New York City and its long history have many facets from activism to tourism. A People’s Guide to New York City (forthcoming from University of California Press) seeks to combine those two aspects of the city by shining a light on the City’s politically, historically, and sociologically salient locations in a way that traditional tourist guides do not. Continue reading
Former UDL staffer and overall guru of civic engagement, Asher Novek, is now working for this great project. Reach out to him if you’re interested in volunteering.
Democracy 2.1 (http://democracy21.info/) is seeking volunteers with a strong interest in public policy to help run the first US based experiment alongside New York City Councilmember staff, including Speaker Melissa Mark-Viverito, Councilmember Benjamin Kallos, and Councilmember Brad Lander. D21 is an innovative anti-corruption voting model, designed by activist Karel Janecek and tested in cities around the world including London, Cambridge, Paris, and Vienna. D21 is testing the voting system in New York City with the help of the New York City Council and the Participatory Budgeting Project to test an experiment during the coming Participatory Budgeting cycle.
We are seeking volunteers to help run the experiment in council districts around New York City. Volunteers will work closely with the D21 team to implement the testing software and work with constituents coming out to vote. Apply now for volunteer opportunities available in the week of April 11th-19th in districts around New York City.
A stipend to cover transportation and food will be provided, as well as a free t-shirt and invitation to our “wrap” party, once Participatory Budgeting ends.
Please email email@example.com if you are interested.
Know Your City is a new Gallatin club that seeks to engage the NYU community in critical conversations about gentrification and explore ways to mitigate its effects. Continue reading
Our good friends at the Murphy Institute (CUNY) have opened competition for this year’s Scholarship for Excellence and Diversity in Labor. As you may know, this scholarship was designed to foster a more diverse leadership in the labor movement and also in the academic field of Labor Studies.
Applications are now being accepted for the 2015-16 academic year. The Institute is hoping to attract those who desire education for social change, particularly those who aspire to leadership careers in labor and related fields. Applicants should come from underrepresented constituencies, including people of color, ethnic minorities, and women.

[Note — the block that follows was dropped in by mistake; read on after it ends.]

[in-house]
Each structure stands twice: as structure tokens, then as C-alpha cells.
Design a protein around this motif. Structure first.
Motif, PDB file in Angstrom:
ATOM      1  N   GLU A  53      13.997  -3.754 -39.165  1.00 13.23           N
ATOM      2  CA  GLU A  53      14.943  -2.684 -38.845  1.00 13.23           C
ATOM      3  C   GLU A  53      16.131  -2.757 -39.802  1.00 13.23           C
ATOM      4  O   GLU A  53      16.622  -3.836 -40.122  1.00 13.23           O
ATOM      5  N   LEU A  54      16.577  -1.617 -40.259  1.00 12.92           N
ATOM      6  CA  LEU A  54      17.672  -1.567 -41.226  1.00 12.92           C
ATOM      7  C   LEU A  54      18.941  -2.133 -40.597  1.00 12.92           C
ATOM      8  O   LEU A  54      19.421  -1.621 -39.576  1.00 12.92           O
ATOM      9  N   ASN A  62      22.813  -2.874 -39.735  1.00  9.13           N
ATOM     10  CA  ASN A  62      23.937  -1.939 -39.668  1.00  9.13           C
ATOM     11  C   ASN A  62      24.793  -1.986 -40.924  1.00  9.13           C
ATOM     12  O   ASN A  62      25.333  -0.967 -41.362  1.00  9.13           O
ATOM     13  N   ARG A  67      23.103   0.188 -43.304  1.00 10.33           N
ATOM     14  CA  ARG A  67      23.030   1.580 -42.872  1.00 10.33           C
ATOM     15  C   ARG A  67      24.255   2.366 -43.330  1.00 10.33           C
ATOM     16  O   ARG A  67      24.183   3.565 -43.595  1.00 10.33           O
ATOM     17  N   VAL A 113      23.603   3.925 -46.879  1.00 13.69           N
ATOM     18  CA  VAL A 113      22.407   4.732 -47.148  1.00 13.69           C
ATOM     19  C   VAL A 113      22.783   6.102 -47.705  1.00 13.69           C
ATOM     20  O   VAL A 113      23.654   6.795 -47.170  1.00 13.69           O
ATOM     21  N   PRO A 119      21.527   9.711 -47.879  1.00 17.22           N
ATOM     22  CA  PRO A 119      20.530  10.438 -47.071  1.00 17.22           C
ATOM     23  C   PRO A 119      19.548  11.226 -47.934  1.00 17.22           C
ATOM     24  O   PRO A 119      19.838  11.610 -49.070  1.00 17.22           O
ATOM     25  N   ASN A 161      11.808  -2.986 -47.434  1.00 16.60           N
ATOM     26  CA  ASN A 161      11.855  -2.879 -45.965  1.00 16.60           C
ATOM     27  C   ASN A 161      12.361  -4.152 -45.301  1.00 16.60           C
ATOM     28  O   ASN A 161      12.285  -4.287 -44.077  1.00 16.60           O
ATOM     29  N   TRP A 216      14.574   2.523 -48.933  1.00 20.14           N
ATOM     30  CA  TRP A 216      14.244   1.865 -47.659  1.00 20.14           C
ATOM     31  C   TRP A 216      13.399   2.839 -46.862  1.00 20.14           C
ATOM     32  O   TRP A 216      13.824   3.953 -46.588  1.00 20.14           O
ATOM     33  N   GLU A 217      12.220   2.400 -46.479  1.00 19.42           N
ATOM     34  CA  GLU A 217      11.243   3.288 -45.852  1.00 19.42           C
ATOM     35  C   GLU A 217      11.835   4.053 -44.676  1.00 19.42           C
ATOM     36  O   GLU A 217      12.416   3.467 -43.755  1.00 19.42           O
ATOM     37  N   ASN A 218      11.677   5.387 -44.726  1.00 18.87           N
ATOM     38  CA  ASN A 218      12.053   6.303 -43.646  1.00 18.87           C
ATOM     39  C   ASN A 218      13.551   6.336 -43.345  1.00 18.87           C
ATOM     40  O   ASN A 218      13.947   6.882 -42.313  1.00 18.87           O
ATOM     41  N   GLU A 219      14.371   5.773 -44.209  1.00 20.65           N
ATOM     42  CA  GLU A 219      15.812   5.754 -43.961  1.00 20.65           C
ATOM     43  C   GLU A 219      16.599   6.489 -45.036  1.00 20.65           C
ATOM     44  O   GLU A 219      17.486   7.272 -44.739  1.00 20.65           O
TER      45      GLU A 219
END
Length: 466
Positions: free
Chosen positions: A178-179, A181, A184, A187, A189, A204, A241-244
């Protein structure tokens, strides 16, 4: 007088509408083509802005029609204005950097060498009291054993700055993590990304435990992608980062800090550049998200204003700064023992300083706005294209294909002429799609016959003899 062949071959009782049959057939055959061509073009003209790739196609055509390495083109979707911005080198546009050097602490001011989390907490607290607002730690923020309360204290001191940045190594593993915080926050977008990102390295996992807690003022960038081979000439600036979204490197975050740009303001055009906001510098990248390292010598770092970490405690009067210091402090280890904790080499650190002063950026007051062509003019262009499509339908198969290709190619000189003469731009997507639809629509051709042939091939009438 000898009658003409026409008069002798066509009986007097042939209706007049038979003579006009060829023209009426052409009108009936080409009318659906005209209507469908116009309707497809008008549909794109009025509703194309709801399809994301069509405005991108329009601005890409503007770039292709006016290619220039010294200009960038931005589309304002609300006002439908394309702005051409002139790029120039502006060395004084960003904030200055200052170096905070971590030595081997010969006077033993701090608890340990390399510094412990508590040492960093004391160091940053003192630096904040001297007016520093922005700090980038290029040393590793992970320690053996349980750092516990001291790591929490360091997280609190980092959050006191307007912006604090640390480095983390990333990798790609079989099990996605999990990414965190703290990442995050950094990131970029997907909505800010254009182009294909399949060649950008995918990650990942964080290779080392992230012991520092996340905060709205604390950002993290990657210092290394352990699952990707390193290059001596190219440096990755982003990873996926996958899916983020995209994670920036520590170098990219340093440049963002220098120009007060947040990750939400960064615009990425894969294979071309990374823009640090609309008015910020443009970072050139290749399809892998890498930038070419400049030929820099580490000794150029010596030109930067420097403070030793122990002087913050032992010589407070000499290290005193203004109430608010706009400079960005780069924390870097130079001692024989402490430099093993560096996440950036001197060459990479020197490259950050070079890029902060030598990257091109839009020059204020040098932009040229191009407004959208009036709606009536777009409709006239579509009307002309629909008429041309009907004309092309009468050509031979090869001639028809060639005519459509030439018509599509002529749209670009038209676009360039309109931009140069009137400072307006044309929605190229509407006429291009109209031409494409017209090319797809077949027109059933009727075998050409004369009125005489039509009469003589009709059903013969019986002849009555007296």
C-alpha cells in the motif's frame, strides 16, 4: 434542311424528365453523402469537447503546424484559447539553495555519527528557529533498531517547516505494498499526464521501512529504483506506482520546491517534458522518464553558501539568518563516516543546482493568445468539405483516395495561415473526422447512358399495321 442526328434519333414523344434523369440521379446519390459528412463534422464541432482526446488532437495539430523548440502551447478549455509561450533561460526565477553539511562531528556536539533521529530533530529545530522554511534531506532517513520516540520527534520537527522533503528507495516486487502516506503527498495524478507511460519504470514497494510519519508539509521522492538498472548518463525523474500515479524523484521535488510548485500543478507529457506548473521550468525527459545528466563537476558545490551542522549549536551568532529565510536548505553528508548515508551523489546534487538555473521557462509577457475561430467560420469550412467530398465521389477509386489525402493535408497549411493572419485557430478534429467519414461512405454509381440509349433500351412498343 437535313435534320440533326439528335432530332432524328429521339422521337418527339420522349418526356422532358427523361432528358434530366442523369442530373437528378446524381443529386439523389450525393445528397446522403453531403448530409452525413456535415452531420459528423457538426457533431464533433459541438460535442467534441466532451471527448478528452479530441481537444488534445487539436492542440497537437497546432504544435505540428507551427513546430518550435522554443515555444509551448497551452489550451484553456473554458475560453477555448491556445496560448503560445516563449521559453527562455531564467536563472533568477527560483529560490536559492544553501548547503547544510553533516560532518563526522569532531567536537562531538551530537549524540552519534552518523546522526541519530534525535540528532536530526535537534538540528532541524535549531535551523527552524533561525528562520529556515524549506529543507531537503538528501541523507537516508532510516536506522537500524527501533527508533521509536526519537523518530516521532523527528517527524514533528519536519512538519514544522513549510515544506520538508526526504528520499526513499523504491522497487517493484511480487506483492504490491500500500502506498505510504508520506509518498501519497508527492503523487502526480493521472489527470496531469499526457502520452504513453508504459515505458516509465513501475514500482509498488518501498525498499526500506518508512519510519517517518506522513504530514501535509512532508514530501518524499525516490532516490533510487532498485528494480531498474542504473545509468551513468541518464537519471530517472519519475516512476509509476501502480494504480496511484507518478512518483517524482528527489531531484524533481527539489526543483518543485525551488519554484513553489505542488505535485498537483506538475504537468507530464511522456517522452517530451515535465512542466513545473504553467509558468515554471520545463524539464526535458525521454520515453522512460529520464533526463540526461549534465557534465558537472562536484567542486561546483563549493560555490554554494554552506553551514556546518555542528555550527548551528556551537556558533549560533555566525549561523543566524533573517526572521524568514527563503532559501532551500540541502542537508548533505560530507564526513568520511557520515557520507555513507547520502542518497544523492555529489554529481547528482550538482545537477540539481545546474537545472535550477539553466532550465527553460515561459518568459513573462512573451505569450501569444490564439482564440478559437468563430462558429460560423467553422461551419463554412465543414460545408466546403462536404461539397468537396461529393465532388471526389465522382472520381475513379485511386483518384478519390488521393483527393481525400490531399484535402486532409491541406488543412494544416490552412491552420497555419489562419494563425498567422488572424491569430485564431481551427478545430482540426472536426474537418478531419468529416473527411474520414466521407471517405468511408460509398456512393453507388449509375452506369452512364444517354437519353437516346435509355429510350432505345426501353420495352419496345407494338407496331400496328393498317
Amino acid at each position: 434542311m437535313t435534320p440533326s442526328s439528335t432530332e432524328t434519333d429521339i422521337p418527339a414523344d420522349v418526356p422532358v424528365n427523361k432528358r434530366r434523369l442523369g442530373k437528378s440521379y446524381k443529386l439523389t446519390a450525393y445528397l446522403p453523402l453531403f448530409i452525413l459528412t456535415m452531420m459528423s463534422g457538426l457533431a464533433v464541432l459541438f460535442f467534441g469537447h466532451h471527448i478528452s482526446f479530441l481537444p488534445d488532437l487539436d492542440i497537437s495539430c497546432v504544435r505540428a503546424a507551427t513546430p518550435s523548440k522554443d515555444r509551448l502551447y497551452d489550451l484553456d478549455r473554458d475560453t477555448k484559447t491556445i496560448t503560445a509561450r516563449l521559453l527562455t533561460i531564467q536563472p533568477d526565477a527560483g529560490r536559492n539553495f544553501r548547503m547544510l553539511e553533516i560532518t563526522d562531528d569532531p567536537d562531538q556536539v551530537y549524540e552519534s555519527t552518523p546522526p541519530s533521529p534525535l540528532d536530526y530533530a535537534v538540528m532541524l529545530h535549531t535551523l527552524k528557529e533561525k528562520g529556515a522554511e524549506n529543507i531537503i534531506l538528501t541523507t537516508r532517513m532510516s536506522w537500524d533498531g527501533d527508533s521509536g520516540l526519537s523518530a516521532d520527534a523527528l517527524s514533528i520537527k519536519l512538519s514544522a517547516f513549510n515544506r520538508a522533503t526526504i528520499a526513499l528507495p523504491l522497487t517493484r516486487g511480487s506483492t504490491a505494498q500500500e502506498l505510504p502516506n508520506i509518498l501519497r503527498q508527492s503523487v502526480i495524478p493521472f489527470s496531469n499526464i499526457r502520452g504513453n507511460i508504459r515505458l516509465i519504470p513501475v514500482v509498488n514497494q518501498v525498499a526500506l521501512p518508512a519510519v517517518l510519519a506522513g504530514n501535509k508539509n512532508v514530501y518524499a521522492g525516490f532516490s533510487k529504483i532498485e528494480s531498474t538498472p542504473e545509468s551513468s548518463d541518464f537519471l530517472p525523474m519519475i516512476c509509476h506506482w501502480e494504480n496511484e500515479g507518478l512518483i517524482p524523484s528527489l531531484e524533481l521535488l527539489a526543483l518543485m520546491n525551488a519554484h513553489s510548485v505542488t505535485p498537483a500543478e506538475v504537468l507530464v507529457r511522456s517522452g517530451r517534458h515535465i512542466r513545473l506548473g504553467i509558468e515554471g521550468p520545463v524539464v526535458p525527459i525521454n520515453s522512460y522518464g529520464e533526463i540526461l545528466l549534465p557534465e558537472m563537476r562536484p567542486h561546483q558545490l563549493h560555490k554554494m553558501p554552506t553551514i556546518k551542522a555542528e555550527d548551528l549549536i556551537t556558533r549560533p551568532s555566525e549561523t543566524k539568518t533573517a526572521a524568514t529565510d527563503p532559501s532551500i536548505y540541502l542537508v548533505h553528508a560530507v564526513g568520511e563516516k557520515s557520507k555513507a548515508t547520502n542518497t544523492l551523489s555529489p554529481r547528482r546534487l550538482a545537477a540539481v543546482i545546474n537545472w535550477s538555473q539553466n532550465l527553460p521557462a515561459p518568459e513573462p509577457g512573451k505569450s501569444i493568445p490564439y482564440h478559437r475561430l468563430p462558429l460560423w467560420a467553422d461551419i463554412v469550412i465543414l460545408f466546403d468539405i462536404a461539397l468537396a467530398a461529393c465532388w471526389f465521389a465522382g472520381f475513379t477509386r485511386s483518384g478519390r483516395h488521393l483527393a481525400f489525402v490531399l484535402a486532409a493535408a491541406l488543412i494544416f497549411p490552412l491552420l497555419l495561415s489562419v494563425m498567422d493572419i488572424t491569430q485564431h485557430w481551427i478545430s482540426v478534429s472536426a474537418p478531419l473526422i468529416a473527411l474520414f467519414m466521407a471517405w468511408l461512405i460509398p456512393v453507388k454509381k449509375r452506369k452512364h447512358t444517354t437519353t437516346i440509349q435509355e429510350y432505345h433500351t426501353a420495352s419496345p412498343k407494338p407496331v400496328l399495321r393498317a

The scholarship is substantial: up to $30,000 for graduate students and up to $20,000 for undergraduates. Applications for the 2015-16 academic year can be found online here. The deadline to apply is March 31, 2015. Additional information about the scholarship can be found on the Murphy Institute’s website here.
If you or a potential candidate needs more information regarding the scholarship and the application process —please contact the Scholarship Coordinator, Dr. Janet Leslie, at 212-642-2083 or Janet.Leslie@cuny.edu
Examining the influence of the Occupy Movement, panelists Laura Gottesdiener, Diego Ibanez, Michelle Crentsil discuss the “people power” movement and its theory for grassroots change… Continue reading
An interview with tenant rights organizer at the Cooper Square Committee, Brandon Kielbasa, and Lower East Side tenant leader, Claire Birmingham… Continue reading
A closed door roundtable on fighting displacement internationally and housing justice with speakers from Amsterdam, Berlin, Athens, Los Angeles, New York, and London… Continue reading
The Urban Democracy Lab interviews Rosalind Fredericks, an NYU professor, to discuss postcolonial identities in Africa, global urbanism, and the political economy of developments… Continue reading
Caron Atlas is the director of Arts & Democracy Project, which cross-pollinates art and culture, participatory democracy, and social justice. She is the co-director of the Naturally Occurring Cultural Districts New York (NOCD-NY), a coalition of artists and organizers that seeks to strengthen the unique creativity of New York City’s neighborhoods. Continue reading
Earlier this fall, the Urban Democracy Lab welcomed writer Melissa Bean as our chief blogger. Born in Rochester, New York, Melissa earned her B.A. at the Gallatin School of Individualized Study in May 2014. Her concentration, entitled Deviance and Social Control: Realities and Representations, combined an in-depth study of sociology, literature, and psychology, allowing her to take an interdisciplinary approach to questions of social regulation. Melissa is also a creative writer whose fiction has appeared in Scissors and Spackle, Literary Orphans, and The Gallatin Review. She is currently pursuing an M.F.A in Fiction at New York University.
Over the next several months, Melissa will be speaking with activists, scholars, artists, filmmakers, community organizers, and other changemakers who are helping us all think more creatively and sustainably about what urban democracy looks like. She will uncover the motivations and challenges that have helped shape her subjects. And, crucially, she will ask these important leaders to tell us what tools are necessary to advance our shared goal of a just and thriving urban future.
Please join us in welcoming Melissa Bean to the Urban Democracy Lab!